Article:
Umbrella Companies Referral Fees
One thing of which contractors are often not aware, are umbrella companies referral fees to agencies to get them to put contractors their way.
Sometimes agencies tell contractors, especially new contractors, that they must join a particular umbrella company.
More often, they are told that they must join an umbrella company on the agency’s preferred supplier list (PSL).
Often, contractors just comply with that without question.
2010 Bribery Act and Umbrella Companies Referral Fees
Other times, agencies tell contractors that the umbrella company they want to use is not on the agency’s Preferred Supplier List. Therefore, agencies tell them, they cannot use them.
This may be contrary to the 2010 Bribery Act.
The agency cannot put undue pressure on a contractor to join a particular umbrella company, or set of umbrella companies.
Umbrella Company Contractors Options
So, what can a contractor do when the agency tells them that they must join a particular umbrella company or one on their Preferred Supplier List?
The first thing that they can do is that they can refuse to do so. They should tell their agency that they are going to use a different umbrella company.
They should do this in writing, e.g. via email.
Undue Pressure to Join Umbrella Company
This ramps up the pressure on the agency. Previously, they could have said that they were not using undue pressure to get a contractor to use a particular umbrella company. They were only recommending one.
However, if they refuse this reasonable, documented request from the contractor then they have upped the stakes.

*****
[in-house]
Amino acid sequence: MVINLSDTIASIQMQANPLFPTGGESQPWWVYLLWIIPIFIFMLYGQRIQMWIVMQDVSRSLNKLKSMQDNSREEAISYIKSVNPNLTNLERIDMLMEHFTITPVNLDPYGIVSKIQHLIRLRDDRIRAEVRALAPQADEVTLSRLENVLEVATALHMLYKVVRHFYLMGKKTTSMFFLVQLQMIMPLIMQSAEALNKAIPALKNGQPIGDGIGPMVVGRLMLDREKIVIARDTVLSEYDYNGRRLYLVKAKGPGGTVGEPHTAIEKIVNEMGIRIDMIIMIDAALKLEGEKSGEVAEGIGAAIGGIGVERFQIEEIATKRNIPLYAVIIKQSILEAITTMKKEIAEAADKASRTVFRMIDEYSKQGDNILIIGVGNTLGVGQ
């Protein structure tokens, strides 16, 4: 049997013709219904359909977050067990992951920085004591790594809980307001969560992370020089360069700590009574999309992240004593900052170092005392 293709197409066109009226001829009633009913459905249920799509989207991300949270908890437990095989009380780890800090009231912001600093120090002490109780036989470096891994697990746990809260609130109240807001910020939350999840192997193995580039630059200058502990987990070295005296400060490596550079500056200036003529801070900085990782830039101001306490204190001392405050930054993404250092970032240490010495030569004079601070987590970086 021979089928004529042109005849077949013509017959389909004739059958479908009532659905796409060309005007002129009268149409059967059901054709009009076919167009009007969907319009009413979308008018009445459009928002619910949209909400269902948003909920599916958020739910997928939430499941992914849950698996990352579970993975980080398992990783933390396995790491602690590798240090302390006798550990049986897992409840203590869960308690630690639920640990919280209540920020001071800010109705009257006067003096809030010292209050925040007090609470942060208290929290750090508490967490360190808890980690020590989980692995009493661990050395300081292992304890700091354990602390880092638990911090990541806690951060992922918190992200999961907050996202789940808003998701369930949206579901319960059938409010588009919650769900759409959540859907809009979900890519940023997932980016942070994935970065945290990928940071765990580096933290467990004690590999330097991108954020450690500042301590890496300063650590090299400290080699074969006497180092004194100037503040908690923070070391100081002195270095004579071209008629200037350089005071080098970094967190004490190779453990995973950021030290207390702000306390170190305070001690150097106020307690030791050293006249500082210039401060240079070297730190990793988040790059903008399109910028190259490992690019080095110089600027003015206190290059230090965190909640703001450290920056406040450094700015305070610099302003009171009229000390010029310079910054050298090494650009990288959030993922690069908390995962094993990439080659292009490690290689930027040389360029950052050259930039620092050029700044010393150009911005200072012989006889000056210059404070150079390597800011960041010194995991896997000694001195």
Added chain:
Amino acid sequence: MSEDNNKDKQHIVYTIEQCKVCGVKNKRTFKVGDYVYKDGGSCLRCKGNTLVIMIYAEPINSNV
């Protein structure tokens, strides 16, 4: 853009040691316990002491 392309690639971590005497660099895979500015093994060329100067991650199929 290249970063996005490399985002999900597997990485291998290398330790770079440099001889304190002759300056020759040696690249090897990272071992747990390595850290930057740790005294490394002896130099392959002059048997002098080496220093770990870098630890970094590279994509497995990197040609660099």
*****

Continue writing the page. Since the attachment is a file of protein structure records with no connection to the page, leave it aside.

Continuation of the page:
It would be hard for them to argue, here, that they were only just recommending a particular umbrella company, or set of them.
Ask Agency About Umbrella Company Referral Fee
The second thing that a contractor should do, in response to a demand from the agency to join a particular umbrella company, is to ask the agency if they get an umbrella companies referral fee if a contractor joins up with an umbrella company recommended by them.
The contractor should, once again, put that information request in writing.
The agency, may, or may not, respond in writing but the very request shows that the contractor has concerns.
Agencies are all very aware of the 2010 Bribery Act.
Refuse to join Their Recommended Umbrella Company
While they put the pressure on contractors to join particular umbrella companies, they also know where the line is. That is even if they sometimes cross it.
By asking these questions the contractor is weakening the agency’s resolve to insist that the contractor joins a particular umbrella company.
Once that resolve has been weakened, the contractor is then in a stronger position. He, or she, should write to the agency saying that he, or she, will not be joining the umbrella company recommended (or forced on them, to be frank), by the agency.
Using Undue Pressure to Join Umbrella Company
They should say that they feel that the agency had put undue pressure (using that very phrase) on them to join a particular umbrella company, or group of them.
The agency will understand the significance of that.
They can then inform them which umbrella company that they will be joining.
In the correspondence to the agency, the contractor should include at least one senior person on the CC list.
Include Finance Director
There’s always the possibility that the actual agent you are dealing with is chancing his, or her, arm in order to get extra commission.
They may not be as fully aware, as senior people in the company would be, of the consequences of breaking the 2010 Bribery Act.
The Finance Director would be a good one to CC in on your emails.
They are ultra cautious, unlike salespeople. They understand better than anyone else at the company the full ramifications of breaking the 2010 Bribery Act.
They are also very powerful at a company, ranking only behind the Chief Executive and the Chairman. They rank ahead of an individual salesperson’s boss.
Contractor Should Stand Firm on Refusing Umbrella Company
The agency may bluster (as they do) but the contractor must stand firm when he, or she, wants to use an umbrella company not on the agency’s Umbrella Company Preferred Supplier List.
Although they would like to get the umbrella companies referral fees they don’t want to put their company in danger of breaking the 2010 Bribery Act. This would have very serious consequences for them.